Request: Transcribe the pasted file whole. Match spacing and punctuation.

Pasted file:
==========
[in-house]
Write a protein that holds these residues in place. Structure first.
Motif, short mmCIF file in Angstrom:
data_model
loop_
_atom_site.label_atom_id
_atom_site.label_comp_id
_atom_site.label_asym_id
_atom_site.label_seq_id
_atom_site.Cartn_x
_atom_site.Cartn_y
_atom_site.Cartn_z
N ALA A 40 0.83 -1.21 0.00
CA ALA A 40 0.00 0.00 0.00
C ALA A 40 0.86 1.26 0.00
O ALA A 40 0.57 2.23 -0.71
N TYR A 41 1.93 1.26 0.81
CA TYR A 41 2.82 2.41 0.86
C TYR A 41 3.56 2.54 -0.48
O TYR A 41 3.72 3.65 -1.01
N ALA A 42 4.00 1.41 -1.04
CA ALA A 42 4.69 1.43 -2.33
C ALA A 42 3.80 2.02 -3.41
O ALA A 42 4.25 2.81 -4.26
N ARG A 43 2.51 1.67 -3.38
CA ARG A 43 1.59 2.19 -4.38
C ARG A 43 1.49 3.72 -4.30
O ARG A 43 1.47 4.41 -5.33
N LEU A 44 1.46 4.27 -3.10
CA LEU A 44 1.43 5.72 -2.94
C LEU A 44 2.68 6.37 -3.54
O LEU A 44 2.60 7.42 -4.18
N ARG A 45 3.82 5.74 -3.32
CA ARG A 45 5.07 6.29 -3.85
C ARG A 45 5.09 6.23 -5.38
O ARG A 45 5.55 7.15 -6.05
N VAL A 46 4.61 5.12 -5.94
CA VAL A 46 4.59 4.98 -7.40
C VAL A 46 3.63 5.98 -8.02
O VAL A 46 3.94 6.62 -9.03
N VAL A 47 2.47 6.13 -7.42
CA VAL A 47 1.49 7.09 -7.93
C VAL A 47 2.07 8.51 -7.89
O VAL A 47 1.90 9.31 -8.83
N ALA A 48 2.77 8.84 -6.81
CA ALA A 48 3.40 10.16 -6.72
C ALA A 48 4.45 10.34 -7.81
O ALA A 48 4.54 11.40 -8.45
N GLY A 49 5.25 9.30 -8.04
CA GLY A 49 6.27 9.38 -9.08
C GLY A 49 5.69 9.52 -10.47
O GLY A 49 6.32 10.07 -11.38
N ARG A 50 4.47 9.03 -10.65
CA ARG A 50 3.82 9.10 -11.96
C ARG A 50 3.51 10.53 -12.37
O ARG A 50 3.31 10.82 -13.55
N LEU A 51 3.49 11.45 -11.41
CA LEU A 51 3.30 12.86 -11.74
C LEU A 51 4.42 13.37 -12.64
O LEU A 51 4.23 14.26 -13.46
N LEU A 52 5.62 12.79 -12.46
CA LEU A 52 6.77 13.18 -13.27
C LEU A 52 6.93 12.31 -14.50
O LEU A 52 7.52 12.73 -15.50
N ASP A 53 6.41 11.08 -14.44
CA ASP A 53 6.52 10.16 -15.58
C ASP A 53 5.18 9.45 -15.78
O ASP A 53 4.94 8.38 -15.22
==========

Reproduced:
[in-house]
Write a protein that holds these residues in place. Structure first.
Motif, short mmCIF file in Angstrom:
data_model
loop_
_atom_site.label_atom_id
_atom_site.label_comp_id
_atom_site.label_asym_id
_atom_site.label_seq_id
_atom_site.Cartn_x
_atom_site.Cartn_y
_atom_site.Cartn_z
N ALA A 40 0.83 -1.21 0.00
CA ALA A 40 0.00 0.00 0.00
C ALA A 40 0.86 1.26 0.00
O ALA A 40 0.57 2.23 -0.71
N TYR A 41 1.93 1.26 0.81
CA TYR A 41 2.82 2.41 0.86
C TYR A 41 3.56 2.54 -0.48
O TYR A 41 3.72 3.65 -1.01
N ALA A 42 4.00 1.41 -1.04
CA ALA A 42 4.69 1.43 -2.33
C ALA A 42 3.80 2.02 -3.41
O ALA A 42 4.25 2.81 -4.26
N ARG A 43 2.51 1.67 -3.38
CA ARG A 43 1.59 2.19 -4.38
C ARG A 43 1.49 3.72 -4.30
O ARG A 43 1.47 4.41 -5.33
N LEU A 44 1.46 4.27 -3.10
CA LEU A 44 1.43 5.72 -2.94
C LEU A 44 2.68 6.37 -3.54
O LEU A 44 2.60 7.42 -4.18
N ARG A 45 3.82 5.74 -3.32
CA ARG A 45 5.07 6.29 -3.85
C ARG A 45 5.09 6.23 -5.38
O ARG A 45 5.55 7.15 -6.05
N VAL A 46 4.61 5.12 -5.94
CA VAL A 46 4.59 4.98 -7.40
C VAL A 46 3.63 5.98 -8.02
O VAL A 46 3.94 6.62 -9.03
N VAL A 47 2.47 6.13 -7.42
CA VAL A 47 1.49 7.09 -7.93
C VAL A 47 2.07 8.51 -7.89
O VAL A 47 1.90 9.31 -8.83
N ALA A 48 2.77 8.84 -6.81
CA ALA A 48 3.40 10.16 -6.72
C ALA A 48 4.45 10.34 -7.81
O ALA A 48 4.54 11.40 -8.45
N GLY A 49 5.25 9.30 -8.04
CA GLY A 49 6.27 9.38 -9.08
C GLY A 49 5.69 9.52 -10.47
O GLY A 49 6.32 10.07 -11.38
N ARG A 50 4.47 9.03 -10.65
CA ARG A 50 3.82 9.10 -11.96
C ARG A 50 3.51 10.53 -12.37
O ARG A 50 3.31 10.82 -13.55
N LEU A 51 3.49 11.45 -11.41
CA LEU A 51 3.30 12.86 -11.74
C LEU A 51 4.42 13.37 -12.64
O LEU A 51 4.23 14.26 -13.46
N LEU A 52 5.62 12.79 -12.46
CA LEU A 52 6.77 13.18 -13.27
C LEU A 52 6.93 12.31 -14.50
O LEU A 52 7.52 12.73 -15.50
N ASP A 53 6.41 11.08 -14.44
CA ASP A 53 6.52 10.16 -15.58
C ASP A 53 5.18 9.45 -15.78
O ASP A 53 4.94 8.38 -15.22